What’s for (School) Lunch?

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The Modern-Day Version of A School Lunch

A group of parents in Washington, DC, where I live, is becoming very vocal and active on a subject that is gaining steam in PTAs and schools around the country: the issue of what we are serving our kids for lunch in school cafeterias. DC Parents for Better School Food, led by former Washington post writer Ed Bruske, has testified in support of school lunch reform before the DC City Council, met with the public schools’ food service director, and pounded the pavement to draw interest and attention to this matter, all in just a few short months of operation.

Many communities across the region and country are also involved in this struggle, attempting to force/ assist (depending on your perspective) local jurisdictions to be more mindful of nutritional concerns when purchasing and serving school lunches. What we are finding on those school cafeteria trays is not pretty, from either a healthful or a “good taste” point of view. The norm now seems to be an endless rotation of things like flavored milk, French fries, chips, applesauce, chicken nuggets, cheese pizza, hot dogs. Whatever can be pulled from a freezer or pantry shelf, warmed over and served; alas, most public school cafeterias, in Washington at least, don’t even have real “kitchens” where any form of cooking can be done.

Ed Bruske visited one such DC elementary school recently and took the attached photograph of the lunch that his daughter was offered: French fries (a vegetable?), strawberry flavored milk (protein/ dairy product) and whole grain chips (that essential grain component.) And let’s not forget the ketchup on the side; I suppose that we are again revisiting the Reagan-era claim that “ketchup can be considered a vegetable.” (For the purposes of school lunch, anyway.)

My contribution to the discussion, as always, has to do with the taste of these foods and the endless point that “this is what the children will eat.” Yes, we certainly make it simple for them. The lunch menu pictured here is a perfect example of what I describe in my book as a diet laden with “the Big Three: Fat, Salt and Sugar.” The French fries have the fat, the chips are salty, the strawberry milk is made sweet by artificial flavor additions. The point that I make in “My Two-Year-Old Eats Octopus” is that, if we are ever going to get to the point where children actually like and request foods more healthful than these, we are going to have to teach them to appreciate flavors and textures that go beyond these. You know: things like the bitter/ sharp flavor of most green vegetables; the earthy unami flavor of mushrooms; textures that are crunchy, stringy, even a bit slippery (like cooked spinach.)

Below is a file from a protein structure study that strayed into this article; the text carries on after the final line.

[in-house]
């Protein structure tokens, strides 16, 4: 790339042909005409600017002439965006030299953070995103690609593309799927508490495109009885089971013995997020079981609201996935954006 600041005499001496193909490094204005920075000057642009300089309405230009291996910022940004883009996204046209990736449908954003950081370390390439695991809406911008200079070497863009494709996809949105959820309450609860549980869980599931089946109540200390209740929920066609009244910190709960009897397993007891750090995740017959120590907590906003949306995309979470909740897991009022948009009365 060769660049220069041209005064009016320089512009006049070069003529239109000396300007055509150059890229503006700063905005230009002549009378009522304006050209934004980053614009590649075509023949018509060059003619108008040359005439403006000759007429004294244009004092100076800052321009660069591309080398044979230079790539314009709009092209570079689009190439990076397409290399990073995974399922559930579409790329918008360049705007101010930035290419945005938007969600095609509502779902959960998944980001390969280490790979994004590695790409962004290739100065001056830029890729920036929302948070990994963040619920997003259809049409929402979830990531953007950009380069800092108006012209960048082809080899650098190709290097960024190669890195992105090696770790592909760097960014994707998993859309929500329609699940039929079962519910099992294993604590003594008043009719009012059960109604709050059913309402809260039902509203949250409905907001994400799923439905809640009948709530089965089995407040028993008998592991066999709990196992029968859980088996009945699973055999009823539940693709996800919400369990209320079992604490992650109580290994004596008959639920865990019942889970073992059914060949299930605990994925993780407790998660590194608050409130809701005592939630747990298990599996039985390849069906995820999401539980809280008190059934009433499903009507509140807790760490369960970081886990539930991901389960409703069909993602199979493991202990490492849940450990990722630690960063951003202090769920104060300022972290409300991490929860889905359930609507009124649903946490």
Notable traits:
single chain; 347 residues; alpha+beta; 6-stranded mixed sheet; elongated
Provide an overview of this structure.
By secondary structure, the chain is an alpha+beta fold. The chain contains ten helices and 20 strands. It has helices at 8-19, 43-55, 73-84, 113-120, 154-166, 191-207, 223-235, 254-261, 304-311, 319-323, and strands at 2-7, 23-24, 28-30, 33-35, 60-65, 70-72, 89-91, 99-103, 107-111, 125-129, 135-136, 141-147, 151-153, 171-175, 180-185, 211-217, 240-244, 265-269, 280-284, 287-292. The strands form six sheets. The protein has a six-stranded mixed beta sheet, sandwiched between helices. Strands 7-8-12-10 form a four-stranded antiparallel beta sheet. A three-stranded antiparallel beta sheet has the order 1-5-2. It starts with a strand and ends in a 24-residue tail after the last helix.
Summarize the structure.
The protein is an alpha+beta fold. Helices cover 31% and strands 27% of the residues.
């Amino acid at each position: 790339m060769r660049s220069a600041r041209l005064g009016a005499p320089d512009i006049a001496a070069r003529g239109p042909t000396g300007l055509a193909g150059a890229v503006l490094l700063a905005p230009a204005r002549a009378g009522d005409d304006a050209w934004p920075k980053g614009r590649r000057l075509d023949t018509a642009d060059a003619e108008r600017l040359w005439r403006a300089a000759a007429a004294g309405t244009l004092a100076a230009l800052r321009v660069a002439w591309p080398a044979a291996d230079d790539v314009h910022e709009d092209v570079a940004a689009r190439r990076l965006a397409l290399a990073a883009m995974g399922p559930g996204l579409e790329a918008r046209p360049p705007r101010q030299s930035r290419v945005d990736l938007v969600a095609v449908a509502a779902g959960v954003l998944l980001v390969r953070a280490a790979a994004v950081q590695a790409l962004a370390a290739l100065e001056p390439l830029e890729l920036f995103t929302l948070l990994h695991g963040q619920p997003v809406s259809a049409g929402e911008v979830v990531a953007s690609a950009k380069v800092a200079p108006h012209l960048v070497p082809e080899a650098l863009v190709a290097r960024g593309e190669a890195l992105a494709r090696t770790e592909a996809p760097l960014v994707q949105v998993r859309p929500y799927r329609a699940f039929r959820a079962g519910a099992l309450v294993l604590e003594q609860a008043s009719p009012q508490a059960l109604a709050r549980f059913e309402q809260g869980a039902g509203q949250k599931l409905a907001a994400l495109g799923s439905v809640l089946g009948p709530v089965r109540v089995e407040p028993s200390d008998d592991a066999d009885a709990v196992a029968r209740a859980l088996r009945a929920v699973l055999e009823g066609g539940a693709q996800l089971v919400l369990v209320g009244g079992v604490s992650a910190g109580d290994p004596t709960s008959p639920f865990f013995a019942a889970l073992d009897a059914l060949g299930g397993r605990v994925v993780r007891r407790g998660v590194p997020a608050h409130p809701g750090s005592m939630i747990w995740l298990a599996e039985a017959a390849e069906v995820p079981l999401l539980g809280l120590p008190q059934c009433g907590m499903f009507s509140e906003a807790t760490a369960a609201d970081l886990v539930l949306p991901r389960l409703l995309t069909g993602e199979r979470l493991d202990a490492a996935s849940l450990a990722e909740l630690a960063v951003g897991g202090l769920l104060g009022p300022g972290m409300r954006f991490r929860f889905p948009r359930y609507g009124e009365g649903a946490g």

As demonstrated here, once children reach elementary school age, many of their eating habits and food preferences are firmly entrenched. It is going to take some work to get many of these kids to try, then accept, then actually like and ask for things like vegetables at school, especially when many of them get so little reinforcement of this position at home. We must keep striving for this, but also not miss the lesson to be learned: the time to introduce kids to “real” foods and flavors is when they are very young. And it is exactly this steady diet of “kiddie foods” that so many of them eat at young ages that works against this.

Our DC parents group is growing, in both membership and enthusiasm. But all of us who are close to this issue realize that we have a long way to go to see real and permanent improvements. There are financial limitations, we’re told, bureaucratic processes that must be worked within, true logistical operations issues (like the lack of real kitchens to actually cook fresh food) that must be overcome. But I take heart in the fact that more and more of us are talking about this issue, and seeing it for the importance that it has to our kids’ futures. Please join us!

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One Response to “What’s for (School) Lunch?”

  1. Antonia Malchik Says:

    Have you been watching Jamie Oliver’s Food Revolution? The UK celebrity chef is doing a show about his effort to convert Huntington, West Virginia, to healthy, tasty eating (according to the CDC it’s the most obese city in America). His major obsession is with school lunches, and that’s where he started there. I think you’d be very interested in seeing what he’s trying to do, and what he’s learning about what constitutes a ‘balanced’ lunch according to the USDA. He’s already gone through this whole issue in Britain, and has done a huge amount to change the way that country approaches its school lunches. Like you, his major platform is that kids WILL eat nutritious food if it tastes good and you expose them to it a few times.

    I spent most of my childhood eating these lunches, because we were very poor and my mother hated getting up in the morning. In high school I began bringing my own or going out. I remember consuming some things that were vile (reconstituted powdered meat and the memorable occasion when maggots appeared on the pizza come to mind), but I ate it because it was there. I can’t remember EVER, however, liking it. Not even tater tots.

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